Life is too short to be bored all the time. I know we laugh about how teenagers say “I’m booooorrrrrreeeddddd,” and we act as if this is the way things are supposed to be. But is it? Just because this is the way it is now doesn’t mean this is the way things will always be or always have been. People seem to think that, because these young people attend middle and junior high school now, we grownups somehow don’t have permission to change an educational system that is not working and let the students do something else.
As recently as my great grandparents’ generation, that “something else” was going to work at about the age of 14. Students might, if they got that far, graduate from eighth grade. Secondary school was for wealthy students who wanted to enter college, or — if they they were girls — marry college graduates. As recently as my generation, it was not uncommon to joke that young women attending college were only there for an “M.R.S.” degree. Both my grandparents on my mother’s side were from wealthier families, and both graduated from college (although my grandmother was not allowed to earn a fine arts degree like her fiancé but had to settle for a degree that would certify her to teach art in public schools, work considered more suitable for a woman). On the other side of the family — the more recent immigrants — my father was the first to graduate from college. His parents graduated from eighth grade and went to work. One of my great uncles apprenticed to a sign painter as a young adolescent. Another was working full time as a barber and helping to support the family at the age of 14. When I first learned this part of my family history, I thought, “How horrible that their lives were limited like that.” Several decades of life experience later, I find myself thinking more expansively. Maybe they wanted to work, to feel valued, to feel needed. Perhaps it was not their lives but my original perspective that was limited.
And this experience of going to work at about the age of 14 was not limited to my family. Look a few generations back in your own family and those of others in your community. You will find that — until the 1920s or even later — compulsory education for teenagers and even younger children — especially for children from poor families — didn’t exist, not like it does now. Do you want to know why even today we have summers off from school? It’s not — as you will hear so often — to accommodate rural children who were needed to help their families on the farm. Think about it. Farm families need more help in the spring with planting and in the fall with harvest. Summer vacation (note that it’s called “vacation,” not “work leave”) exists, because in the days before air conditioning, wealthy families left the heat and stench of the cities in order to spend time in the country.
You’ll also find, if you look at history, that society did not institute public education for the good of the students. Society instituted public education for teenagers as a way to take them out of the job market, to preserve jobs for adults who needed them. Yes, adults need jobs — especially with today’s unemployment rates the way they are — but young people need to be challenged more than they are now. As educators, we keep bemoaning the fact that young people aren’t capable of higher order thinking skills such as analysis and synthesis, creativity and problem solving. They’re too busy being bored.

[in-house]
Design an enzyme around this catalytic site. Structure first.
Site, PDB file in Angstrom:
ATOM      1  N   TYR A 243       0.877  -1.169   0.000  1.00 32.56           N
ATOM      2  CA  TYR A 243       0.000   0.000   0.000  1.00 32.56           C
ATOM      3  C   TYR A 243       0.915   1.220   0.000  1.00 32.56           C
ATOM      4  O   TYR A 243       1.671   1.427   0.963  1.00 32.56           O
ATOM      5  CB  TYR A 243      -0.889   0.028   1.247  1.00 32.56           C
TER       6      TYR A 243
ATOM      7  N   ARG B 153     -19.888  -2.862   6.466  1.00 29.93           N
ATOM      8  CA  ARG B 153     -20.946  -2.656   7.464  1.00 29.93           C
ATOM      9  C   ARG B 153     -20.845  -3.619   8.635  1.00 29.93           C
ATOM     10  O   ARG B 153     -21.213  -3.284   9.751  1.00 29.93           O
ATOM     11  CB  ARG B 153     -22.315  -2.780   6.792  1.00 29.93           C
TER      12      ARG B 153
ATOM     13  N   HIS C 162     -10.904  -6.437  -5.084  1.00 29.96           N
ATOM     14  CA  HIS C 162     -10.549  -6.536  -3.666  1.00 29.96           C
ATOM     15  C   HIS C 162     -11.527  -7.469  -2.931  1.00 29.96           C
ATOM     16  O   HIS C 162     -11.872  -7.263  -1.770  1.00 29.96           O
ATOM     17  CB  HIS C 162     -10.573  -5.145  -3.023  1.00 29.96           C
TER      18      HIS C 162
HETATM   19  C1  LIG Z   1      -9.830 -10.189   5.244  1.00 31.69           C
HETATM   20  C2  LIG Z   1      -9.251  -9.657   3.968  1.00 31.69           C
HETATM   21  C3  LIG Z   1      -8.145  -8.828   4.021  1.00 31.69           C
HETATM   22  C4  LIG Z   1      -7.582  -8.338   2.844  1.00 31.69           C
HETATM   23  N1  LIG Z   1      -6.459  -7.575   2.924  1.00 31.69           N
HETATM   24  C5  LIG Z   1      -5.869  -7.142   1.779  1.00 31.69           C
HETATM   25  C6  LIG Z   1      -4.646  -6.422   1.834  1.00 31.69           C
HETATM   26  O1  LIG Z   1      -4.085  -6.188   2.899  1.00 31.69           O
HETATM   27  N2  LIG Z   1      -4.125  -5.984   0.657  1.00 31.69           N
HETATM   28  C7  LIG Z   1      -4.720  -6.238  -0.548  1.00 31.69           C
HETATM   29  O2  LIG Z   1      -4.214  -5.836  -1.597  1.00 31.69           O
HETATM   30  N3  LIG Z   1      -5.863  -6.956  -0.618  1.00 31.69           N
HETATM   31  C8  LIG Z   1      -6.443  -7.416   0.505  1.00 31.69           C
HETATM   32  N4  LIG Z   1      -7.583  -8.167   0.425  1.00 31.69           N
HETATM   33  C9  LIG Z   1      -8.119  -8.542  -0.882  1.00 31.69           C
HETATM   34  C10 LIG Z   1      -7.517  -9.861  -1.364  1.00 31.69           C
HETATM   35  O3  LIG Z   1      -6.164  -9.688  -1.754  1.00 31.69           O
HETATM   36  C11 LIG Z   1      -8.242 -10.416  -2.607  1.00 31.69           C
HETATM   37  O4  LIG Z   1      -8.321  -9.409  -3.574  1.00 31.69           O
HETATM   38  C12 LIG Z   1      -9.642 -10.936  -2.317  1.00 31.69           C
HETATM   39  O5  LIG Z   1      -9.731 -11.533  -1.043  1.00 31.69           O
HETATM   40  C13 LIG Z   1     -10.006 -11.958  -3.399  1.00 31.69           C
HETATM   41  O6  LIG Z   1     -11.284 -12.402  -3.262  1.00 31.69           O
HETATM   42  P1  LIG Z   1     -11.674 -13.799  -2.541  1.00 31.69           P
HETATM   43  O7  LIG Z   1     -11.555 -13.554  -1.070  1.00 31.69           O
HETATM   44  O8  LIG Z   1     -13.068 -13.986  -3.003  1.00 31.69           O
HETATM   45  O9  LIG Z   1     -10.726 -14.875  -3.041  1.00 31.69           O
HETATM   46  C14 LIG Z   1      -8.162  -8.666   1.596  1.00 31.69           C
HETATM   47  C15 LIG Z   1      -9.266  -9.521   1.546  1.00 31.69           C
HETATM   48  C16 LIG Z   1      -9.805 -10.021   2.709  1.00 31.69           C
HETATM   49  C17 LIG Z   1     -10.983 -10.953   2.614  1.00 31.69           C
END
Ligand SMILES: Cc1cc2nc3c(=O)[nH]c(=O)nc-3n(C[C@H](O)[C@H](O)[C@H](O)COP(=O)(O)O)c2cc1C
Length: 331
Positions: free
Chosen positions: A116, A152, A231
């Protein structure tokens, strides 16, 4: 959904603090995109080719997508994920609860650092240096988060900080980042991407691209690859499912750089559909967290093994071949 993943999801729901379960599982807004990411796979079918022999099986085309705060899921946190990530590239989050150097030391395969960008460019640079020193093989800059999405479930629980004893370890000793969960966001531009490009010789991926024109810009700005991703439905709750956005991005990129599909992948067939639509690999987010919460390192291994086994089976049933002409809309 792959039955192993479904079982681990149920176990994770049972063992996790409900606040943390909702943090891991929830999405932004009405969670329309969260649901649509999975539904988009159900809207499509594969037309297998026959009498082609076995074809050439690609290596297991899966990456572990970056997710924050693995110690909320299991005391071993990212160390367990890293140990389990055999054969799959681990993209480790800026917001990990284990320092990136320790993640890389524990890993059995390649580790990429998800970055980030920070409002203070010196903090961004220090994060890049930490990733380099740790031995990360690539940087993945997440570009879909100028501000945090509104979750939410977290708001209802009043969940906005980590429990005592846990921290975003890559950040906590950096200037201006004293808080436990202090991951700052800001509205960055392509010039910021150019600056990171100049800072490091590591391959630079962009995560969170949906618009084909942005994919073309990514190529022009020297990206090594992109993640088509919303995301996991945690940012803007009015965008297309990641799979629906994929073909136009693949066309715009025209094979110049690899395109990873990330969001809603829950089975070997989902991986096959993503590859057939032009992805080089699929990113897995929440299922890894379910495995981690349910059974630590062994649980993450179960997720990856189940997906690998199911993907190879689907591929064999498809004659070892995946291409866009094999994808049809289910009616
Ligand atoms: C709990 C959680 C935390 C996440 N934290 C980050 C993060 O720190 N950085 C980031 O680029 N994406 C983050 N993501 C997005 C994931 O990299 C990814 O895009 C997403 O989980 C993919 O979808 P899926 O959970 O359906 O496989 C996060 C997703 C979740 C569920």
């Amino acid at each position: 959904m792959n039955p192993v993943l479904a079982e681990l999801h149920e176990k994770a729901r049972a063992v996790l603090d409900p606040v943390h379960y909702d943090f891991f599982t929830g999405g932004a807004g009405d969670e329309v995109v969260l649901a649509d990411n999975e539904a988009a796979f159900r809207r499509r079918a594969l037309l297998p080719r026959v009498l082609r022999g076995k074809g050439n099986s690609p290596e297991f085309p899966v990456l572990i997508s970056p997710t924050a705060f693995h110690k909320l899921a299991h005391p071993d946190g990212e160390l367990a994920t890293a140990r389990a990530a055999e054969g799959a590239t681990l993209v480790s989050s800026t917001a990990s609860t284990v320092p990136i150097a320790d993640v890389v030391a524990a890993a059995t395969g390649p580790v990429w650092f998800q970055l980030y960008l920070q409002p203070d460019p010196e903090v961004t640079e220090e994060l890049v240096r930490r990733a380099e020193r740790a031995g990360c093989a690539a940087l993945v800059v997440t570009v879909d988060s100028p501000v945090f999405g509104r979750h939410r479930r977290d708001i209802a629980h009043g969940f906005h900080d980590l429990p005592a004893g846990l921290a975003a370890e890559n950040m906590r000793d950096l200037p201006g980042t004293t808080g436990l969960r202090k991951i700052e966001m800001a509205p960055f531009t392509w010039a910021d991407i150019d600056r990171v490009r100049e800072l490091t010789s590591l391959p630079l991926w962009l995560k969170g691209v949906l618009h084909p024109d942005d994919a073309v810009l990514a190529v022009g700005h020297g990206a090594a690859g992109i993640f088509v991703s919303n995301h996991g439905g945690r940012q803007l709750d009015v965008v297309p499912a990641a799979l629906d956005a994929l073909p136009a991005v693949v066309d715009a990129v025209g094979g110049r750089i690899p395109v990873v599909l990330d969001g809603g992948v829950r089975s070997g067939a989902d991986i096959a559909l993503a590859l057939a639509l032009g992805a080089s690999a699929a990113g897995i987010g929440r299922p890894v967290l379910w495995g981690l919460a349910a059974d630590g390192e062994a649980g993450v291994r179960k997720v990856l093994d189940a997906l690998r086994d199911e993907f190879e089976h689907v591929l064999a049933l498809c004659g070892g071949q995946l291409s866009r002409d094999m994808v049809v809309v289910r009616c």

Let’s put an end to their boredom. Let those who are motivated remain in school, if they wish. But let the others learn the value of an education before returning to it. Let’s put their ingenuity and their energy to work. Let them rise above being exploited, either by inappropriate work or inappropriate education.
Put those kids back to work!
1. School-age boys selling newspapers at 3 a.m. on Febraury 23, 1908. Photo credit: Library of Congress Prints and Photographs Division Washington, D.C. 20540 USA http://hdl.loc.gov/loc.pnp/nclc.03189
2. Yet another child selling newspapers on the street in the early years of the 20th century. Photo credit: Library of Congress Prints and Photographs Division Washington, D.C. 20540 USA
3. School-age girls selling newspapers around the turn of the 20th century. Photo credit: Library of Congress Prints and Photographs Division Washington, D.C. 20540 USA
4. Colored School at Anthoston. Census 27, enrollment 12, attendance 7. Teacher expects 19 to be enrolled after work is over. "Tobacco keeps them out and they are short of hands." Ages of those present: 13 years = 1, 10 years = 2, 8 years = 2, 7 years = 1, 5 years = 1. Photo credit: Library of Congress Prints and Photographs Division Washington, D.C. 20540 USA http://hdl.loc.gov/loc.pnp/nclc.00519
5. "Soaring Above Kansas City, Newsboy in Balloon" is the title of this antique postcard from the Kansas City Public Library's Missouri Valley Special Collections. In 1908, when Eugene Steinkraus posed for this picture, he was working as a newsboy for the "Kansas City Star." He later attended The Manual Training High School and worked for more than three decades as a letter carrier. Photo credit: Missouri Valley Special Collections, Kansas City Public Library, Kansas City, Missouri